## Digression: Second Thoughts: Random Ain't Chess

All these numbers, and probabilities, and lots of decimal places.

They all depend on the idea that if you scatter the pieces randomly around the board, there is a certain probability that a Rook will be able to make a long-distance move of seven squares.

The probability is low, because half of the time there simply isn't such a move to be found; for example when the Rook is on e2, it can't move seven squares because the board isn't big enough.

The probability is low, because most of the time the Rook can't move that far without running into some other piece, and the orther piece blocks its path.

So how come so many games end with Re1-e8 mate?

It's because random ain't Chess.

It's because Rooks start the game on the first rank, so naturally they have a long move "on the board" until the game has lasted long enough for them to have moved more than once.

It's because the chessplayer is smart enough to move the Rook to a place where the Rook can run and run and never bump into anything.

The other side of the argument is that you had to spend a tempo to get the Rook on the right file, and if the Rook hadn't needed to be moved there, you would have had some other use for it; that is, you improved the position of the Rook but could have used that move to improve the position of some other piece; and the "random" values tell us a lot about how often you have to improve each piece before it becomes strong.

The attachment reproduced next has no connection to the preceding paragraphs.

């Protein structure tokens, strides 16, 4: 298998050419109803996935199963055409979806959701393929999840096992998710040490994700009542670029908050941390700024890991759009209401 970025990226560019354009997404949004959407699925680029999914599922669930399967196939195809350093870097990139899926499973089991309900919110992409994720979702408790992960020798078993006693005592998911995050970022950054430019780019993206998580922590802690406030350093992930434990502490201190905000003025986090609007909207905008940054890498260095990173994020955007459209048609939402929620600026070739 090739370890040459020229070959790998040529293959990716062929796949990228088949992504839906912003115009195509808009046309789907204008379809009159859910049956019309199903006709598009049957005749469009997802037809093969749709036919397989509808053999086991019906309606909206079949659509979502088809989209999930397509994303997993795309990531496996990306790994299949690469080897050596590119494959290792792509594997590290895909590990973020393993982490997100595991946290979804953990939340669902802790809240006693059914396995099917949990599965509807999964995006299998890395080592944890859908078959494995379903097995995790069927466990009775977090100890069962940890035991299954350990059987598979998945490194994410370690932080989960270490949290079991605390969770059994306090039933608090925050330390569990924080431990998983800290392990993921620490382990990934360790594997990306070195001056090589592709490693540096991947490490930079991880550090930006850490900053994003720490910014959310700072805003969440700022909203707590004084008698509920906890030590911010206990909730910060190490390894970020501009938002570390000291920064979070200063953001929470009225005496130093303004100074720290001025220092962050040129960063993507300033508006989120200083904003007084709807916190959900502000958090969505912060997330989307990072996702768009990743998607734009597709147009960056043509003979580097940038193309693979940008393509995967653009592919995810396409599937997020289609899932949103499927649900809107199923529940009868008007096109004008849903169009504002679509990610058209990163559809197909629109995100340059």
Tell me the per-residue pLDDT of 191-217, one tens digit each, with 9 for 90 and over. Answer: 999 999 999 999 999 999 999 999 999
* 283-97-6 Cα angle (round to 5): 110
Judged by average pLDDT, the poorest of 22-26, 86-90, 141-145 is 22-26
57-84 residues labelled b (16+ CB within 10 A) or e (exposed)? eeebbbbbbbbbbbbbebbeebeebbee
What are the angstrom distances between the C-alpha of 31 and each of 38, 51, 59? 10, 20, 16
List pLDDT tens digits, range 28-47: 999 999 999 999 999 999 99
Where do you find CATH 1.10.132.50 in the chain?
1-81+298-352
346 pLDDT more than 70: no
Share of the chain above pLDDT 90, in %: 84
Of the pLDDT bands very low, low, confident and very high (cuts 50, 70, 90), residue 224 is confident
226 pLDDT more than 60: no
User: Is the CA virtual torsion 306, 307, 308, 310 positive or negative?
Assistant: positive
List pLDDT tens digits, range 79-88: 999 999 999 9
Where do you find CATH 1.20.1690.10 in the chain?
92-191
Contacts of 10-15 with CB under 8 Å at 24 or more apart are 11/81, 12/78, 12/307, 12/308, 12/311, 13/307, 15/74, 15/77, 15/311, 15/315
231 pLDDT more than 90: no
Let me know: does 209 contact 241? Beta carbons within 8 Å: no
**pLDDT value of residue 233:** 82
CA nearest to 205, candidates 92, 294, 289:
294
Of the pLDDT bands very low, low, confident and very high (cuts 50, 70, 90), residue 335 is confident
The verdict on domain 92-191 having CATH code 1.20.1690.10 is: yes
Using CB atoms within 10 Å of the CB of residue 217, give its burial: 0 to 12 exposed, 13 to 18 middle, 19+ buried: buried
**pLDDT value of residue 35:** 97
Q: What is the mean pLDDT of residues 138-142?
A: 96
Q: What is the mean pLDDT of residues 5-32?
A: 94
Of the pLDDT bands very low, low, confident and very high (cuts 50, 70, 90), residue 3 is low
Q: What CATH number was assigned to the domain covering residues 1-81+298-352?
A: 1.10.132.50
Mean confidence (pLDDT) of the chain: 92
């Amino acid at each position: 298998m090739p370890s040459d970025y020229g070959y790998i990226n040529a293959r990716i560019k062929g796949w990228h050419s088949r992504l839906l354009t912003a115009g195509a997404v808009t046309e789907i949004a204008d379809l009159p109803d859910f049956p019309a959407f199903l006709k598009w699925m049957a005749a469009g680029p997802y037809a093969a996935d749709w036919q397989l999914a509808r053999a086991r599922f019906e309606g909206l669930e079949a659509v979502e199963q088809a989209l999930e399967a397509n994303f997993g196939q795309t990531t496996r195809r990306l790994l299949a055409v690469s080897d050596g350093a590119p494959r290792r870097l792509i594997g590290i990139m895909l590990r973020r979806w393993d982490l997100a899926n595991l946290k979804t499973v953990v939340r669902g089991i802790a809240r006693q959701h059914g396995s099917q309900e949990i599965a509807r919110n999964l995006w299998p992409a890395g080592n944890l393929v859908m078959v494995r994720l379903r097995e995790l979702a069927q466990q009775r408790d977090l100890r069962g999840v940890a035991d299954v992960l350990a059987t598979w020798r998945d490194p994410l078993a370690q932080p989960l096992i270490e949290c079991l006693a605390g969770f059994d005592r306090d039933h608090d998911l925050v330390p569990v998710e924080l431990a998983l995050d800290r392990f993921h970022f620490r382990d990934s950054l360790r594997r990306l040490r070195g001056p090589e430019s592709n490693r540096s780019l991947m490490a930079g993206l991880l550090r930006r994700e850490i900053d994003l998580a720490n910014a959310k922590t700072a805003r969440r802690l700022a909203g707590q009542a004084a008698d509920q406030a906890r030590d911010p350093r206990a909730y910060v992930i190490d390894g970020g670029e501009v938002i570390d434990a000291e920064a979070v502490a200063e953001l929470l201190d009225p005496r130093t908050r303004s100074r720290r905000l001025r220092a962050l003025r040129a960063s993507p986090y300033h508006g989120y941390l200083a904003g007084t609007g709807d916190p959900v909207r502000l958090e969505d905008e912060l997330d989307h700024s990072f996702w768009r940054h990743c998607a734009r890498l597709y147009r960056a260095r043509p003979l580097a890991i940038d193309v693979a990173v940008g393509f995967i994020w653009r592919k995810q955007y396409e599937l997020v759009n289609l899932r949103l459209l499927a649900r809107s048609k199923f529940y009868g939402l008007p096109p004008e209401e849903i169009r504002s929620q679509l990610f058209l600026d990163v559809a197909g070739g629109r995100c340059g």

In addition, the argument against random would have us believe that making long Rook moves must be much more common in real games than the random values show.

So, over a period of 17 moves, with 4 Rooks on the board most of the time, there might be 60 "opportunities" to move a Rook, that is, there might be 13 moves where White has two Rooks, that's 26 opportunities, plus 15 moves where Black had two Rooks, that's 30 more, plus 4 more where White had one Rook, and so on.

Our "random" says that there should be 3 legal Rook moves of maximum length available to be made.

In Morphy-Brunswick, there was only one such legal move in the whole game, the move was played, it was mate, and we remember it; 17.Rd1-d8 mate.

However, random says that there should have been 3 legal long-Rook moves but there was only one, the one we remember.

Okay, okay, I'm exaggerating to make a point. This is one small sample of actual positions, and because it was early in the game, the board was too crowded for long moves; so of course the Rook performed worse than random.

Even so, it was a game that featured a long Rook move, and despite the fact that we remember the move, it was in all the game the only time that it was legal to move a Rook that far.

Perhaps the random numbers are not such a bad guide after all.

It would be quite a task to go over all the positions of all the games in a huge database and count up what percentage of the time it was able to move 7 squares, and what percentage 6 squares, and so on; and I doubt that the results would be very meaningful.

Perhaps if a piece has a big difference between its average crowded-board mobility and its best-position empty-board mobility, it means that the piece profits more than most from being used well.

Bishops have a higher ratio than Rooks have a higher ratio than Knights which are higher than Kings (commoners)....

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